Freak accidents on film sets have been sparsely reported in the Indian media. The recent accident that took place on the sets of director Shankar’s Tamil film Indian-2 led to the loss of lives of three technicians in a jiffy. Lead actors Kamal Haasan and Kajal Agarwal had a narrow escape when a massive crane gave way leading to the unfortunate mishap.
Here is a sampler of mishaps that took place in the past and that grabbed media spotlight for a while:
1. The most (in) famous accident on the sets of a film was of course the one on the sets of the film Coolie (1983). A stunt actor (Puneet Issar) had to engage in a fight sequence with Amitabh Bachchan and due to wrong timing, Bachchan was grievously injured in his stomach. Millions of fans across India prayed for his recovery. His miraculous escape was due to his tremendous will power to fight against all odds. For producer-director Manmohan Desai, this accident helped make a mediocre film win huge stakes at the box office.
Desai’s subsequent films with Bachchan did not make a huge impact. Frustrated by his failures, the film maker became a curmudgeon and eventually jumped to his death.
2. Well known actor Shyam who acted with legendary actress-singer Suraiya (Tu Mera Chand Main Teri Chandni) in the Bollywood sleeper hit – Dillagi (1940) was thrown off a horse during a shooting sequence for Shabistan (1951). He was only 31 years old then. He suffered injuries on his head that proved fatal.
3. During the shooting of Baiju Bawara (1952), Meena Kumari who was rowing a boat in a river, was almost swept away by a massive wave. She had a miraculous escape. The film was a super-duper success that paved the way for Meena Kumari’s super stardom in the years to come. Her sublime performance in the film won her a Filmfare award too. The film is still remembered for its euphonious music.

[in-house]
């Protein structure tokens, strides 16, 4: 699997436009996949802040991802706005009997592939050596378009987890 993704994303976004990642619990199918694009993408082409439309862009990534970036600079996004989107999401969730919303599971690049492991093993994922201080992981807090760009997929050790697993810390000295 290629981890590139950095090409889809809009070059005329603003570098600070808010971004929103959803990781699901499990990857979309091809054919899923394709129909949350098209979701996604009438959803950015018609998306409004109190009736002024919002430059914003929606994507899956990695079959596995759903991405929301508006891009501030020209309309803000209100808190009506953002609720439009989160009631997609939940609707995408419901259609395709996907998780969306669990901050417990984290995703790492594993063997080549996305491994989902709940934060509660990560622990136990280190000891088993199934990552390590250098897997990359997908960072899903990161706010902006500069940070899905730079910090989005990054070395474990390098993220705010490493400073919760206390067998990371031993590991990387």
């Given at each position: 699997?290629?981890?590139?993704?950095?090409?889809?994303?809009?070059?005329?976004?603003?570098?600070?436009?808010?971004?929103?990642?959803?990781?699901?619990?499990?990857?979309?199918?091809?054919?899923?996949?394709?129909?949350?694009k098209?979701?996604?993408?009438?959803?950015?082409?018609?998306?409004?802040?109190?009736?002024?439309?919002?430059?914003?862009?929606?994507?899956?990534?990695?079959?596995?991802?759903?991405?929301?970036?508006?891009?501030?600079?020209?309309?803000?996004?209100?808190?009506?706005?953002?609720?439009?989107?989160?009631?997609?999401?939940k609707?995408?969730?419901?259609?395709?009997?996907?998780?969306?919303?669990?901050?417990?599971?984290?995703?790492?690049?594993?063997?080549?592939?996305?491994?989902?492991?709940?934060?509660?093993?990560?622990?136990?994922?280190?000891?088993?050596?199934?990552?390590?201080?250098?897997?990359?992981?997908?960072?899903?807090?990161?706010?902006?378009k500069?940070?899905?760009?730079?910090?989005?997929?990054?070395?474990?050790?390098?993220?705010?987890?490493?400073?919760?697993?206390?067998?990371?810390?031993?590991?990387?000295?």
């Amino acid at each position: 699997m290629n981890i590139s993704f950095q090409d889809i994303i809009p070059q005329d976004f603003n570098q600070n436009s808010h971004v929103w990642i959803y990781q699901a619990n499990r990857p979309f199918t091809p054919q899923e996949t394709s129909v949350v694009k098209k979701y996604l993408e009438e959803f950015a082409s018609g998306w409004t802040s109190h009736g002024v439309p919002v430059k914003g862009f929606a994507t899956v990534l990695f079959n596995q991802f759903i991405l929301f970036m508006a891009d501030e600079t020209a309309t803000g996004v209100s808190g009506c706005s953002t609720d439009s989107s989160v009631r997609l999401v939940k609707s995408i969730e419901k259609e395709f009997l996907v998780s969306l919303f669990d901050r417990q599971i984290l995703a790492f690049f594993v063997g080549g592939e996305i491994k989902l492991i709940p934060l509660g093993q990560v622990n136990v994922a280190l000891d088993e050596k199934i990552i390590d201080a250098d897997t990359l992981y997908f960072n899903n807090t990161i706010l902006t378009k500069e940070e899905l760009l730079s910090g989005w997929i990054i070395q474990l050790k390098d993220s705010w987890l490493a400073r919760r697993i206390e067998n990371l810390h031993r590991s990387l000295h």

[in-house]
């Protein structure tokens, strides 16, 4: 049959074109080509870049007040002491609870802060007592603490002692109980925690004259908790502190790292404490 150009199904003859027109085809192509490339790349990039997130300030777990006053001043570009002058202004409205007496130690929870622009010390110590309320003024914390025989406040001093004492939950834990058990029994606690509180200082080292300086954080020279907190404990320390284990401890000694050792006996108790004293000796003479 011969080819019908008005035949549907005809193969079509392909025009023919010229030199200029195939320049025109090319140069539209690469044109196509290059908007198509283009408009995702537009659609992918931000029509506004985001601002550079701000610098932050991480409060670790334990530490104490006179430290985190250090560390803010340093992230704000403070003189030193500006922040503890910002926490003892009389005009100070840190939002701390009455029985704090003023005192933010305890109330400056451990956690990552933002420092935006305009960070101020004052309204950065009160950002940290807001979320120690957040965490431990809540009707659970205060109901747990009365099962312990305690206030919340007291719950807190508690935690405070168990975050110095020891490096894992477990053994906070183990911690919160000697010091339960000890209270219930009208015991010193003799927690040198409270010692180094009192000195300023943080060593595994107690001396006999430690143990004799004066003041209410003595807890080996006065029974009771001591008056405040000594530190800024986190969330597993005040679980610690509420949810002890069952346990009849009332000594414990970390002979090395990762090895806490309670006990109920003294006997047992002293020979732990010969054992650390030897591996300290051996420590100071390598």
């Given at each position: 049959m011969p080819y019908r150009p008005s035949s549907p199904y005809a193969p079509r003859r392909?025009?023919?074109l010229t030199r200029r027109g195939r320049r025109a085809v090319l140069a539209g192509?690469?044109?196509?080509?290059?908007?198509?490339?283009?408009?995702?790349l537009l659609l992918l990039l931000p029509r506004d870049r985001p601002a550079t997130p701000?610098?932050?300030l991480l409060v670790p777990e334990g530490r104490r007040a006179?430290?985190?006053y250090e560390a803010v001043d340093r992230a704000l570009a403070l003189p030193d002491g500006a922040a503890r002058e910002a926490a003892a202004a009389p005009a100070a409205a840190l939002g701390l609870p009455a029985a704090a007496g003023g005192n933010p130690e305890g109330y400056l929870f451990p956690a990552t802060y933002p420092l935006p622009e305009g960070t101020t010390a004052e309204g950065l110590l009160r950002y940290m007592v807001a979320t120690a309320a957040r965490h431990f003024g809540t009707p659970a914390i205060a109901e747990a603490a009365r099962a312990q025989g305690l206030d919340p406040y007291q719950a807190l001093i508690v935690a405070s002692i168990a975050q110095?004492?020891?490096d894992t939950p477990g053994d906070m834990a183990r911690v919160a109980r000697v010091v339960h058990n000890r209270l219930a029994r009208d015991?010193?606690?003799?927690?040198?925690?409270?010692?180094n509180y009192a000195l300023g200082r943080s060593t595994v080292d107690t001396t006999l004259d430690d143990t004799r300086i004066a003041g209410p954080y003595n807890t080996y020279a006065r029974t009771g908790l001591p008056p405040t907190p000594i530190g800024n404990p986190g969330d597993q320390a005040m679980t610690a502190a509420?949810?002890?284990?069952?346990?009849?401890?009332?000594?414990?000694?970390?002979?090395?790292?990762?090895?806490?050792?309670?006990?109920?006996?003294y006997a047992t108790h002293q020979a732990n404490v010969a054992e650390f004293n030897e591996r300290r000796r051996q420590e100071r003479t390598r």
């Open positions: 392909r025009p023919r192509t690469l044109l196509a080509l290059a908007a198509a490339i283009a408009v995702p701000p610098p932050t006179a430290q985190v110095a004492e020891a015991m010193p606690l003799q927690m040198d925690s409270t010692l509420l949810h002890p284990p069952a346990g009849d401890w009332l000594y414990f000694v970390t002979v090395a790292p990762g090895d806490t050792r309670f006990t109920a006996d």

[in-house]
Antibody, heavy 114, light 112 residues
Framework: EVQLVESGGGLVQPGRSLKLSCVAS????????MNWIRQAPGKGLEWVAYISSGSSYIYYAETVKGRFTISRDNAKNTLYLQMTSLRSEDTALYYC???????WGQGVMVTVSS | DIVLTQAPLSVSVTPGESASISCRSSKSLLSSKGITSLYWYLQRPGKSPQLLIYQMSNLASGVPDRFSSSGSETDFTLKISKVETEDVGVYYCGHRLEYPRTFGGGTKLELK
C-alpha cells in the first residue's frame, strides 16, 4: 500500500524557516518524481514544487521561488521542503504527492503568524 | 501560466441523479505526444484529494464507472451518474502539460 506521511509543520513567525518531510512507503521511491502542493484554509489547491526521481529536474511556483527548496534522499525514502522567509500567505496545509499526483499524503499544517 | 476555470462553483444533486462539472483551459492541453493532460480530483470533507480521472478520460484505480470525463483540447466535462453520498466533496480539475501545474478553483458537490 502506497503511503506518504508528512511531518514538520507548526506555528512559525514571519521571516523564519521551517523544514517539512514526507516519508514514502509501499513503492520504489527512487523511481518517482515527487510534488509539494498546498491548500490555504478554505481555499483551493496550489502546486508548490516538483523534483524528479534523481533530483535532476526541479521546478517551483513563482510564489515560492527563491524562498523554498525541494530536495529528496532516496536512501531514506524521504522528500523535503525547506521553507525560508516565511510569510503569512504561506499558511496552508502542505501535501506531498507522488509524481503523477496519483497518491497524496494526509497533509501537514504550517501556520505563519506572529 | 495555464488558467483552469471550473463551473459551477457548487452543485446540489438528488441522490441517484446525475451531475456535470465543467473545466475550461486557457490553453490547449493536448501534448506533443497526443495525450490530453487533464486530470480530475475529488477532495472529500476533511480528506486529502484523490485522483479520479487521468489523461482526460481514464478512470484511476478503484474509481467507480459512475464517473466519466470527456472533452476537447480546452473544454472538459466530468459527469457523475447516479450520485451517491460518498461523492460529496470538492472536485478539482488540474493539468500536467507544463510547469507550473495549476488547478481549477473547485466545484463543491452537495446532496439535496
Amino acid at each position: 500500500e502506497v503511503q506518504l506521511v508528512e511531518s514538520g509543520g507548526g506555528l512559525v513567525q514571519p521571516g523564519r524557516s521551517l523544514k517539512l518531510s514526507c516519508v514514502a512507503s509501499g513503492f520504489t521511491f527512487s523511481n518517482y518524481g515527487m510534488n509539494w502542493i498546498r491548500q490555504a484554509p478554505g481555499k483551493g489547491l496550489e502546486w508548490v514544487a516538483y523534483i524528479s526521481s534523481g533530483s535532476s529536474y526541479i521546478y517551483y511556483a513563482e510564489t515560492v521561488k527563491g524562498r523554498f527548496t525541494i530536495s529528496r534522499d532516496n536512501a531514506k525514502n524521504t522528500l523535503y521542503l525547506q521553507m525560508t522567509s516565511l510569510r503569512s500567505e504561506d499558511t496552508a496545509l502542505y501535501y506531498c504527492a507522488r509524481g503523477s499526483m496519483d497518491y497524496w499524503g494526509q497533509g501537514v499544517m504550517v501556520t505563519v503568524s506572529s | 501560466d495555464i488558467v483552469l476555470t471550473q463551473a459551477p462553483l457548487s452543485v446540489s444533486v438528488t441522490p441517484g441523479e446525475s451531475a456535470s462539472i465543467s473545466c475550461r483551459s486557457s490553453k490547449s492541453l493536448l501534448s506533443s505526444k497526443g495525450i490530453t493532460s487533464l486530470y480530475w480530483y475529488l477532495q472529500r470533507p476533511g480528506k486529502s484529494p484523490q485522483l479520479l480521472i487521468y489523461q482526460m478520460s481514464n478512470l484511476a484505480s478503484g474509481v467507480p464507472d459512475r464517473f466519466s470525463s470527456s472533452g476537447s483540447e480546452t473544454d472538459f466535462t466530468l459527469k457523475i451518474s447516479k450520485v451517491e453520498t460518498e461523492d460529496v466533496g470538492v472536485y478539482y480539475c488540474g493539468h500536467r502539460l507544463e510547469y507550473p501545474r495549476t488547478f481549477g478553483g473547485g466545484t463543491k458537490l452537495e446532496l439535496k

4. In the mediocre Sunayana wherein Nasiruddin Shah uncharacteristically played the romantic hero opposite Rameshwari, who was injured while riding a horse that she couldn’t rein in. The actress who was known for her beautiful eyes had to travel abroad to get a surgery done on her wounded eyes. The Barjatyas, who had produced the film, were gracious enough to compensate her for the expenses.
5. 1973 saw the release of Raj Kapoor’s Bobby
that introduced his son Rishi Kapoor and Dimple Kapadia in lead roles. Kapoor was keen on making a successful teeny bopper romance. The film, a super hit, was about the hero’s father’s resistance to his son’s attempts to fraternize with a girl from a poor family. The boy and girl fall in love and elope. The climax sequence involved a scene in which the lead pair is saved from drowning in a torrent in a river. Pran and Premnath, who played fathers of the romantic couple, had a tough time when they were almost swept away by the current.
6. In the early 80s, Kamal Haasan was injured in the eye when a glass piece brazed through his eye during the shooting of Guru that also starred Sridevi. He had to take stitches under his eye.
7. Malayalam actor Krishnan Nair (known by his screen name Jayan) was known for his action sequences, macho image and unique style. Malayalam actress Jayabharati was his first cousin. While shooting for Kolilakkam on 16 November 1980, Jayan performed a dangerous stunt that had him boarding an airborne helicopter from a moving motor bike. A fastidious Jayan asked for another take.
The helicopter lost its balance and crashed fatally injuring Jayan who remains one of the most iconic heroes in Malayalam cinema.
In 1988, a massive fire on the sets of the television serial The Sword of Tipu Sultan caused severe losses to the production house owned by Sanjay Khan. The fire was apparently triggered by a short circuit. It also caused large scale death and devastation. Neena Gupta was with her 1-year old daughter Masaba (it was 1988) when she had a narrow escape. Sanjay Khan however wasn’t lucky. He was severely burnt in the accident and the once-handsome Bangalore-born actor had to undergo multiple surgeries to be back in shape.
It will be worthwhile if the Indian film industry, known for getting inspired by “Eastern” and “Western” flicks, can purloin the safe practices adopted on the sets of American films.
(After working in the corporate world for close to two decades, Bhagyalakshmi Seshachalam started her second career innings as a head-hunter. She is passionate about Hindi movies and loves retro music. When her family shifted to Chennai in the 80s, Bhagya had a taste of Tamil cinema too. In the long term, she plans a book on two of her favourite directors – Guru Dutt and K Balachander. She travels across the country on work and is based in Mysore.)